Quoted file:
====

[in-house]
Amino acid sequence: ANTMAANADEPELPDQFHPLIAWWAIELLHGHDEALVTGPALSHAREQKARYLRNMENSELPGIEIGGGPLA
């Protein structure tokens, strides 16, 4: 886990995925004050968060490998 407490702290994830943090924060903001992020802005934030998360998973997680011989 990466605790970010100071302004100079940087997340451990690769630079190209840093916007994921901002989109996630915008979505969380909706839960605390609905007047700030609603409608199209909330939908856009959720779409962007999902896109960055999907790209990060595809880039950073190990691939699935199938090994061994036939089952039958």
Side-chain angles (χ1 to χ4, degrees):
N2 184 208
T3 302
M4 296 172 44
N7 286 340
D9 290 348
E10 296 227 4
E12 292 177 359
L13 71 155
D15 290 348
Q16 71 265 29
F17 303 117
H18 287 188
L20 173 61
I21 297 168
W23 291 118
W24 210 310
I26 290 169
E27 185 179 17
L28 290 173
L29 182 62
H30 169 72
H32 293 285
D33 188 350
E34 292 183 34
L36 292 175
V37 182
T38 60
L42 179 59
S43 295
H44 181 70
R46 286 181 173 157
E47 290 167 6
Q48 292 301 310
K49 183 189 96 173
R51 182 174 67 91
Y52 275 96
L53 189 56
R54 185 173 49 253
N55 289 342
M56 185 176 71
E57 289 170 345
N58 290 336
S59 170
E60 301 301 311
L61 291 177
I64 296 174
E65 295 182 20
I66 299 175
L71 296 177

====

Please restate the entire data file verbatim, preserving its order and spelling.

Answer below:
[in-house]
Amino acid sequence: ANTMAANADEPELPDQFHPLIAWWAIELLHGHDEALVTGPALSHAREQKARYLRNMENSELPGIEIGGGPLA
């Protein structure tokens, strides 16, 4: 886990995925004050968060490998 407490702290994830943090924060903001992020802005934030998360998973997680011989 990466605790970010100071302004100079940087997340451990690769630079190209840093916007994921901002989109996630915008979505969380909706839960605390609905007047700030609603409608199209909330939908856009959720779409962007999902896109960055999907790209990060595809880039950073190990691939699935199938090994061994036939089952039958």
Side-chain angles (χ1 to χ4, degrees):
N2 184 208
T3 302
M4 296 172 44
N7 286 340
D9 290 348
E10 296 227 4
E12 292 177 359
L13 71 155
D15 290 348
Q16 71 265 29
F17 303 117
H18 287 188
L20 173 61
I21 297 168
W23 291 118
W24 210 310
I26 290 169
E27 185 179 17
L28 290 173
L29 182 62
H30 169 72
H32 293 285
D33 188 350
E34 292 183 34
L36 292 175
V37 182
T38 60
L42 179 59
S43 295
H44 181 70
R46 286 181 173 157
E47 290 167 6
Q48 292 301 310
K49 183 189 96 173
R51 182 174 67 91
Y52 275 96
L53 189 56
R54 185 173 49 253
N55 289 342
M56 185 176 71
E57 289 170 345
N58 290 336
S59 170
E60 301 301 311
L61 291 177
I64 296 174
E65 295 182 20
I66 299 175
L71 296 177